“Pre-K for All succeeded because it brought all of New York City’s children together in one high-quality program and made it easier for all families to raise children here,” said Mr. Wallack, a former deputy schools chancellor. “The city should seize the opportunity to deliver on the promise of 3-K for All and help a whole new group of kids and families thrive.”
The looming financial crunch comes at a time when 3-K providers say that the city owes them millions of dollars in delayed payments that could force their centers to close.
Wayne Ho, chief executive of the Chinese-American Planning Council, which provides 3-K and pre-K at six early childhood centers, said the city owes his nonprofit $4.6 million for the last fiscal year that ended in June.
“We’ve been floating all the costs,” he said.
A group of prominent child care providers, including the Committee for Hispanic Children and Families and the UJA-Federation of New York, a Jewish nonprofit, sent a statement to The New York Times saying that the “fiscal stability of the entire sector is at grave risk.”
“Without immediate action, the city’s child care plan will not only be left unrealized but more importantly, the early care and education sector, its work force and the children and families that depend upon it will be irreparably harmed,” the groups said.
Mr. Weisberg, the first deputy schools chancellor, said in an interview that the previous administration was partly to blame for the payment delays and that education officials were working to fix the problems.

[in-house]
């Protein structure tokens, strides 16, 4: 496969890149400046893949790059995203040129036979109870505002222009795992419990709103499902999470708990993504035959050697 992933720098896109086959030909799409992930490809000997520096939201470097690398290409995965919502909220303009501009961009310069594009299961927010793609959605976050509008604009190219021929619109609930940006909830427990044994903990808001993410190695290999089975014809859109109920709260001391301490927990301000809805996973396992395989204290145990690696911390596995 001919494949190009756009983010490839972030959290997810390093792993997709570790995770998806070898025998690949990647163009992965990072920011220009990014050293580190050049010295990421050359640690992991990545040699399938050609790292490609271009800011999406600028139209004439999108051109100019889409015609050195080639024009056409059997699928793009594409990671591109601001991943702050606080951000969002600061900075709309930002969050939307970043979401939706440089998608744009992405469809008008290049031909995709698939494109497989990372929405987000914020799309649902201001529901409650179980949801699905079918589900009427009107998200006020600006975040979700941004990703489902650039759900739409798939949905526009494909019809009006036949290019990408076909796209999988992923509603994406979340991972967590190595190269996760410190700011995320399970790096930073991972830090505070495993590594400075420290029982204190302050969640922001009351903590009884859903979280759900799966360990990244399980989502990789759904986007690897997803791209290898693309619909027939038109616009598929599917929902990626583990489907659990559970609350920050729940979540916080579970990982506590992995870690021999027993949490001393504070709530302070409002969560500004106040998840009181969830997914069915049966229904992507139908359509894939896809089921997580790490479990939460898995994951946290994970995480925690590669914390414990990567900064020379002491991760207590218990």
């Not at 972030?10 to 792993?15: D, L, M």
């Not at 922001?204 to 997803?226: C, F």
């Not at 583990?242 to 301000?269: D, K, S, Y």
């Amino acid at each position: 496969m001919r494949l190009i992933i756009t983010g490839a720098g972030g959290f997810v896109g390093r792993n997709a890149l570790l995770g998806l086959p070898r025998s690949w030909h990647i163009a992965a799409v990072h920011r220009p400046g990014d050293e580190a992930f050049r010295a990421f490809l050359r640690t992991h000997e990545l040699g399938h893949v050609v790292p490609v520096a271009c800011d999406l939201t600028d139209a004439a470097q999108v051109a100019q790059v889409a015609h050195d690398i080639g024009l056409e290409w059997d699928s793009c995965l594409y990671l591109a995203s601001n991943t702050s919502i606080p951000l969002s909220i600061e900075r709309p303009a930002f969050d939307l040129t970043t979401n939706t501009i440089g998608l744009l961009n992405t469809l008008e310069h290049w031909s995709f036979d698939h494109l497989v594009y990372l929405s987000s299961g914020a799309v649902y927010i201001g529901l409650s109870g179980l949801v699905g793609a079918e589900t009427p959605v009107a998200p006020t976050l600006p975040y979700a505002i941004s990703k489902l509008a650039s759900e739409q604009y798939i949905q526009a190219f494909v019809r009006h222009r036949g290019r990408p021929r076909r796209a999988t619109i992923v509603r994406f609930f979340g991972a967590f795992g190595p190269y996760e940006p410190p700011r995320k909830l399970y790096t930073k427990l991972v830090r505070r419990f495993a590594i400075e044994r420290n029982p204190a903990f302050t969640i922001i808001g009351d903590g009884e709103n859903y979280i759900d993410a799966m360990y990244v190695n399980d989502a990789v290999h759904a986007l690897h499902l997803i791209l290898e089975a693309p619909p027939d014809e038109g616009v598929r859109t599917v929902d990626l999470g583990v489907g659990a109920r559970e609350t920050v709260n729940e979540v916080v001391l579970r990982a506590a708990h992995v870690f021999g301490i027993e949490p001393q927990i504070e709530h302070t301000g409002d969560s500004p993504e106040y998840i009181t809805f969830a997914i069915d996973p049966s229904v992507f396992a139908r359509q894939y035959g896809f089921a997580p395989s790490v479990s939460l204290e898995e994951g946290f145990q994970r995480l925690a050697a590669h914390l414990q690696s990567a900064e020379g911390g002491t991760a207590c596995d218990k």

“We’re doing that work now to try to make sure that infrastructure is there for our partners,” he said. “Our systems have to get better.”
Other obstacles loom. The city’s Division of Early Childhood Education, which oversees prekindergarten and 3-K, has lost more than 100 staffers this year — part of an exodus of workers leaving city government. A certain amount of turnover is expected in a new administration, but many people in the agency say they are frustrated by the mayor’s new agenda, and morale is low.
Indeed, when Mr. Banks recently announced a restructuring at the Education Department, a group of workers held a protest wearing “Pre-K for All” shirts and holding signs that said, “Shame on you, Mayor Adams.”
Lillian Fincher, an early childhood education administrator, said at a recent City Council hearing that she decided to resign because the new administration did not value her team’s work to make prekindergarten and 3-K successful.
“Under the current leadership, we are demoralized and directionless,” she said.